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Number 13 is one of my favourite M R James stories. This is slightly odd as I'm not keen on ghosts who make impossible physical changes to things - even if I don't believe in ghosts I want their fictional representatives to at least be remotely credible. The physical change here is quite a major one, the numbered room of the title, which seems to come and go at will, baffling the resident of an ancient hotel in the Danish city of Viborg. The resident, it will come as no surprise, is a scholar, researching Christianity in early modern Denmark. His research will lead him to a rather startling conclusion regarding the shapeshifting nature of his creaky old digs.


I think I love it so much maybe at least partly because when I think of it I hear Christopher Lee's narration from the selection he did for the BBC in 2000, which is now available on Audible. The BBC also made it into one of their Ghost Stories for Christmas in 2006, which is available on Youtube. Another illustration I almost abandoned, but I have clawed it back from oblivion by throwing many digital effects at it courtesy of Procreate, Instagram and my new discovery Snapseed. Ironically (and slightly alarmingly given my status as rookie heraldic artist), I possibly found the small and very weird coat of arms (snakes as mantling! A skull instead of a helm!) particularly troublesome. The symbols around the margins are actually Icelandic magical staves, including my favourite one, to 'put fear into an enemy', which is the one on the bottom right, and now thanks to my filter frenzy, virtually indistinguishable. (Short and slightly off the topic advert: If you're ever in the Icelandic town of Hólmavik go and visit the Museum of Witchcraft which is brimming with staves, and also a pair of necropants - magical trousers made out of human skin. I bloody love Iceland.)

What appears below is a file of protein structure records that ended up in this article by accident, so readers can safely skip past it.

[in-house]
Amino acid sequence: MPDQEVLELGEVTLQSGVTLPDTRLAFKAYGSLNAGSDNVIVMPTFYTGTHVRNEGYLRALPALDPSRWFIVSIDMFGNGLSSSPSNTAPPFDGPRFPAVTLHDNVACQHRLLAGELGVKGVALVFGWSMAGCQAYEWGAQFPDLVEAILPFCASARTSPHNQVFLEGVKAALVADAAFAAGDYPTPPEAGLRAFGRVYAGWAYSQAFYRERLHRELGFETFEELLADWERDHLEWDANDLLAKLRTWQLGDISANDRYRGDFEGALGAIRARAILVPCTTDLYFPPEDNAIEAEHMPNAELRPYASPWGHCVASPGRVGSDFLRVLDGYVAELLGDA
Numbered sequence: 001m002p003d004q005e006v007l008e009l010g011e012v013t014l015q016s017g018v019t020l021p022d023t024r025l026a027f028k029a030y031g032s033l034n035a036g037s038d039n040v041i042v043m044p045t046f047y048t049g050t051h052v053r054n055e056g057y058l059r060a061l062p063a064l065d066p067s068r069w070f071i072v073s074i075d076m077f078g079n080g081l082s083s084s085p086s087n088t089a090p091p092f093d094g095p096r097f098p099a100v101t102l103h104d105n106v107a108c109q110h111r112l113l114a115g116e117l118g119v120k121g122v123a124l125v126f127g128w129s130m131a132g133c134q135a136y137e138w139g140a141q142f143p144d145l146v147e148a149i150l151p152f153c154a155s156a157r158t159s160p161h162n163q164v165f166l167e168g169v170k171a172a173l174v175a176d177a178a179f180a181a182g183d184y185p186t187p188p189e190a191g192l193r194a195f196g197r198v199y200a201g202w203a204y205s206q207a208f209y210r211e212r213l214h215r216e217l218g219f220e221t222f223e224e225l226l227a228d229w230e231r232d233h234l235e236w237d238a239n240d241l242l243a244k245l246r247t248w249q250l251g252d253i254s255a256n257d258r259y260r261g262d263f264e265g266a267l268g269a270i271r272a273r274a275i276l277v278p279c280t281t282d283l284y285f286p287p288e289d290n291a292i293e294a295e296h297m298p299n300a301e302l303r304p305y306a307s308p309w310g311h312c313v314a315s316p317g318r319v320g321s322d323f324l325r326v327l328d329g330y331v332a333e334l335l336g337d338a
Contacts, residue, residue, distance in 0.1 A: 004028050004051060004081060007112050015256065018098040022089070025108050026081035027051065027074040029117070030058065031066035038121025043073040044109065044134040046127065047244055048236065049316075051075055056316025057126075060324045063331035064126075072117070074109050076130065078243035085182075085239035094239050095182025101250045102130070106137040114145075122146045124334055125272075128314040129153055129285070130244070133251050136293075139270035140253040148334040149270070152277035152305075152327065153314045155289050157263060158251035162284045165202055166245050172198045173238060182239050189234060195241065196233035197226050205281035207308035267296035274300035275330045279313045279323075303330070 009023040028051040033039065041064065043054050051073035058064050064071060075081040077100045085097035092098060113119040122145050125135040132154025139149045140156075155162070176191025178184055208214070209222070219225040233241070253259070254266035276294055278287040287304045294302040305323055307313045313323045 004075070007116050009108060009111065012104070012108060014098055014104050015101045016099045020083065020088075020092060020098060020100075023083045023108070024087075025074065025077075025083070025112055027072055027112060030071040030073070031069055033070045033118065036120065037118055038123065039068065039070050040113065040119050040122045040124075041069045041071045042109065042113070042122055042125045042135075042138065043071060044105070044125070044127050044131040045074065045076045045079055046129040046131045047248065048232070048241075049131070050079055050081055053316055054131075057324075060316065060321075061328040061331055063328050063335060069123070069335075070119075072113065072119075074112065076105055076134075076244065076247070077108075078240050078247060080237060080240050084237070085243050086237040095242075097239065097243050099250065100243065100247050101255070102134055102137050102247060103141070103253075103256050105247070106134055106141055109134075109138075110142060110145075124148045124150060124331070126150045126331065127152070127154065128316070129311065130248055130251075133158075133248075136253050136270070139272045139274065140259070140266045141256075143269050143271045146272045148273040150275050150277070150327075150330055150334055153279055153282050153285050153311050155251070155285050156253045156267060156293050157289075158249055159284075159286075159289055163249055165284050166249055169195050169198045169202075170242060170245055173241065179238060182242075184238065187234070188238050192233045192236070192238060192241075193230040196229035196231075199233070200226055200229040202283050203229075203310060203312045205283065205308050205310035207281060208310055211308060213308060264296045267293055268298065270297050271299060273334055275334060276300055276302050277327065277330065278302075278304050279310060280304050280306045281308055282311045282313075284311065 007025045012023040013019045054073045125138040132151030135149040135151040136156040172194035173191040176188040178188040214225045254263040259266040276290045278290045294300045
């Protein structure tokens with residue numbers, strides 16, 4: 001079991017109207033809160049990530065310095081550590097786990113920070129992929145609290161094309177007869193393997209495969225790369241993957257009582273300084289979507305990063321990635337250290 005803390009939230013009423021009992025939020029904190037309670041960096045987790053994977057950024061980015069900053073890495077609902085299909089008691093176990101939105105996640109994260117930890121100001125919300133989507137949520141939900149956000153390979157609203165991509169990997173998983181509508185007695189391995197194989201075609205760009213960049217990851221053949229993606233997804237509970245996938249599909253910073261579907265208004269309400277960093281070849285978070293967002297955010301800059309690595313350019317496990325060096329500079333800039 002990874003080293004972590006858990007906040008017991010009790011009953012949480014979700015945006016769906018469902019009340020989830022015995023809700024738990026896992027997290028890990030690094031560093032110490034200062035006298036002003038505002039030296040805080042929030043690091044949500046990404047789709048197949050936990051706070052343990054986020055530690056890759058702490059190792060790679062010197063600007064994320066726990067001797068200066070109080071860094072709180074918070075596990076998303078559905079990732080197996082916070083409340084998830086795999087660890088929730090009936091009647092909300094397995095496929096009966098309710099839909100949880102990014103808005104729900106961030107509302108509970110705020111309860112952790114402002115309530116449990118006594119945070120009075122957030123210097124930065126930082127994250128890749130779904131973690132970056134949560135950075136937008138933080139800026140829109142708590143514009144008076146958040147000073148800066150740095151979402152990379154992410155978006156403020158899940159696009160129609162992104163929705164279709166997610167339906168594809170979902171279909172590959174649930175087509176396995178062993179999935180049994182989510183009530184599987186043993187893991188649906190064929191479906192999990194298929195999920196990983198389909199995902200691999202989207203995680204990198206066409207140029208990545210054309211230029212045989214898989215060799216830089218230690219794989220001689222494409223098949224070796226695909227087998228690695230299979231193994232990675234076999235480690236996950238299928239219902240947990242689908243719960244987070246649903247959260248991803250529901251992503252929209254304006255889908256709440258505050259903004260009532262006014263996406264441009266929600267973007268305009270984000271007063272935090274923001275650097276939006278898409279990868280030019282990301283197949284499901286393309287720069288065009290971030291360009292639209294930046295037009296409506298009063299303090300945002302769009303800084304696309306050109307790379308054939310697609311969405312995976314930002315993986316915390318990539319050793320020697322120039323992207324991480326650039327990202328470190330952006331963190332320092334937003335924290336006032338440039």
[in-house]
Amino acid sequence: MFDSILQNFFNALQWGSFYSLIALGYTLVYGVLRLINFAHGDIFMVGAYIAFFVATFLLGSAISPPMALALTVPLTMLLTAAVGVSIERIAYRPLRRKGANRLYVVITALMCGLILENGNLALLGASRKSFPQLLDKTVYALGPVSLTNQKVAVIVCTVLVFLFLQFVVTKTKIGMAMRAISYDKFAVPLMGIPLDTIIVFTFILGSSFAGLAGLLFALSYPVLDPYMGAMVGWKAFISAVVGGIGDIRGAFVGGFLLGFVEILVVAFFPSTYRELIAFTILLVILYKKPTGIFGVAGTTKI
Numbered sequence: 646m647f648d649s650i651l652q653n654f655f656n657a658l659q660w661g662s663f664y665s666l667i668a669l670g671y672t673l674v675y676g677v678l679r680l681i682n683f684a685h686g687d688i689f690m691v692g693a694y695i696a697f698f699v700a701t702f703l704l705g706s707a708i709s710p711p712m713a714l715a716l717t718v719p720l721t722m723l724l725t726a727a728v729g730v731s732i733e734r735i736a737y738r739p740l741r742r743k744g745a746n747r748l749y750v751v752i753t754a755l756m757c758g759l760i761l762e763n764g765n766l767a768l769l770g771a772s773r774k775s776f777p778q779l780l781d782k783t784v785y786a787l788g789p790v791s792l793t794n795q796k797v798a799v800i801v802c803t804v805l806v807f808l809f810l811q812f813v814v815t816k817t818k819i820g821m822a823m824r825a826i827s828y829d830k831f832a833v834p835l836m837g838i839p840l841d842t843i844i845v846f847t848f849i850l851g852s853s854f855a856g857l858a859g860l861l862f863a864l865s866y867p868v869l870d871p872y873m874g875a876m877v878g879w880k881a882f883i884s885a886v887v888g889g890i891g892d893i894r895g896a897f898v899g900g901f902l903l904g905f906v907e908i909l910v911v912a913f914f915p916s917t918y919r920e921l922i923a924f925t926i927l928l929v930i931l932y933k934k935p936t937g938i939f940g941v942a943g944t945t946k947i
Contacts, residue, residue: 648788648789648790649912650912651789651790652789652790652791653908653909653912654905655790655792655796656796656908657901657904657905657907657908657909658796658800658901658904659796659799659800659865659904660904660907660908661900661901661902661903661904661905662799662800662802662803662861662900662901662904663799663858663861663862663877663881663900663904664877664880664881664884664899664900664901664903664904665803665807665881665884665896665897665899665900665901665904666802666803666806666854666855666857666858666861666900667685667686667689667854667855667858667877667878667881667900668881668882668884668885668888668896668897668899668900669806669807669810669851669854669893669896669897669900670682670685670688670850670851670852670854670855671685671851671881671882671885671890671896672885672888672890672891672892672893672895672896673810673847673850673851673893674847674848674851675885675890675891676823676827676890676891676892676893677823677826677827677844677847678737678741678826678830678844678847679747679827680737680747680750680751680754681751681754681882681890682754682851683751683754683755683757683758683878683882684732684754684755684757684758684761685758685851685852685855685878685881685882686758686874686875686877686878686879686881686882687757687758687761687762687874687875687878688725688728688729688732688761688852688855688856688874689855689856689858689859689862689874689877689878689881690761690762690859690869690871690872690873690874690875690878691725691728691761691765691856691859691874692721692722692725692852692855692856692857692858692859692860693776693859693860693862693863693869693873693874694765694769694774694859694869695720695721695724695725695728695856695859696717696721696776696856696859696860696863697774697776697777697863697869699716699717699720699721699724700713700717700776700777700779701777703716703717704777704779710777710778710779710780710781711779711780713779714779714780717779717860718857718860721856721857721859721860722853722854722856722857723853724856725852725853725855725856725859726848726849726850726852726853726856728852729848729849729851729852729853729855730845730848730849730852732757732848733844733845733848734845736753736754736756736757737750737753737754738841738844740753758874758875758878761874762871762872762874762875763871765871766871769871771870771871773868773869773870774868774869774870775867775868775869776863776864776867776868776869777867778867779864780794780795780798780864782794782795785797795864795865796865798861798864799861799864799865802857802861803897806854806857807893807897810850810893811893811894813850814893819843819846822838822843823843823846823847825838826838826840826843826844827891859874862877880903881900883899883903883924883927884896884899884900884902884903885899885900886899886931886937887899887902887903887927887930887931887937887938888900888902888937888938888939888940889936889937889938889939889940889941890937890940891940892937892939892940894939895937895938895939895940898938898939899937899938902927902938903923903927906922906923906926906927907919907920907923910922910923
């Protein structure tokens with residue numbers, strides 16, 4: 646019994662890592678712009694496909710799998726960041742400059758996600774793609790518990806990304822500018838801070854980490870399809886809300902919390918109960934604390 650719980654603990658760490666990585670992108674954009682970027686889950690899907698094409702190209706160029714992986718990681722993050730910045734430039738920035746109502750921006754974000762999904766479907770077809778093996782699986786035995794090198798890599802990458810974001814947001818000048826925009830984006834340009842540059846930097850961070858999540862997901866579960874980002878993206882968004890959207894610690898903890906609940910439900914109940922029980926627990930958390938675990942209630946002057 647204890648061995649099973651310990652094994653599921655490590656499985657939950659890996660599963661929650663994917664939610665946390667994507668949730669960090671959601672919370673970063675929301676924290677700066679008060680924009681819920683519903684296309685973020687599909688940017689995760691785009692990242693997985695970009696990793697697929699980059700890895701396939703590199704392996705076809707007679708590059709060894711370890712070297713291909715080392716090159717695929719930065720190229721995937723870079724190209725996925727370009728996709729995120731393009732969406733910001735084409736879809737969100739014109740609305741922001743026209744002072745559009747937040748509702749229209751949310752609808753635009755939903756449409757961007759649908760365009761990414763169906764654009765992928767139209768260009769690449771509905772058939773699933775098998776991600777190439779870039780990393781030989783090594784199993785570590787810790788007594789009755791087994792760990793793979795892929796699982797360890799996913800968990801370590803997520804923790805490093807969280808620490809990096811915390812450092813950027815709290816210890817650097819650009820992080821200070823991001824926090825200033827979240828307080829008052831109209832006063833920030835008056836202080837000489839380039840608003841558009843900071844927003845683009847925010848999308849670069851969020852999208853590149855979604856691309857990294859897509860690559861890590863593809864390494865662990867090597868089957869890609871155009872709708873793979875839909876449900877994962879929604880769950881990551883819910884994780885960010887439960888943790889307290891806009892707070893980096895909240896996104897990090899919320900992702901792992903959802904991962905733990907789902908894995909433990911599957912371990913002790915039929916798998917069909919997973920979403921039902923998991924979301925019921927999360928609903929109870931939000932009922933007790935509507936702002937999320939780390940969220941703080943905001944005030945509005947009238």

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This story baffled me for a long time but I think I was looking for meaning where there was none... it’s just more straightforward than I thought it should be. Or something. A young gentleman is accused of murdering the simple servant girl with whom he has been conducting a peculiar dalliance when his rich posh fiancée finds out and ditches him. The dead girl, Ann Clark, refuses to die quietly though, and plagues him right up to his execution. It’s an odd, slight story which was made into a Ghost Story for Christmas in 2019 featuring Peter Capaldi in a crazy wig as the prosecuting lawyer at young Squire Martin’s trial. This illustration was a five star hair tearer and I’m far from pleased with it, not least as the reanimated corpse of Ann Clark seems to have my face.

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Two bickering friends go on an ill prepared canal boat trip, and come across a mysterious woman sleeping on the canal bank. They agree to let her come along for the ride in return for galley duties. From there on in everything begins to get weird, especially once they decide to explore an unmapped channel. Howard’s story is an absolute gem, a masterclass in understated dread and the ending is extraordinary. Better known for her upper middle class family saga the Cazalet Chronicles, somewhat tragically going by this Howard only wrote three ghost stories (if that’s what this is - it’s certainly very odd and horrific) which were published in a collaborative anthology with Robert Aickman in the early 1960s, while they were in a relationship. I bet dinner round their gaff was an absolute scream. Another illustration I could have twiddled around with for days and I’m not massively happy with it, but I’ve really got to call time on it. It’s turned out a bit weird which I'm blaming on having a cold but that’s only fitting I suppose.


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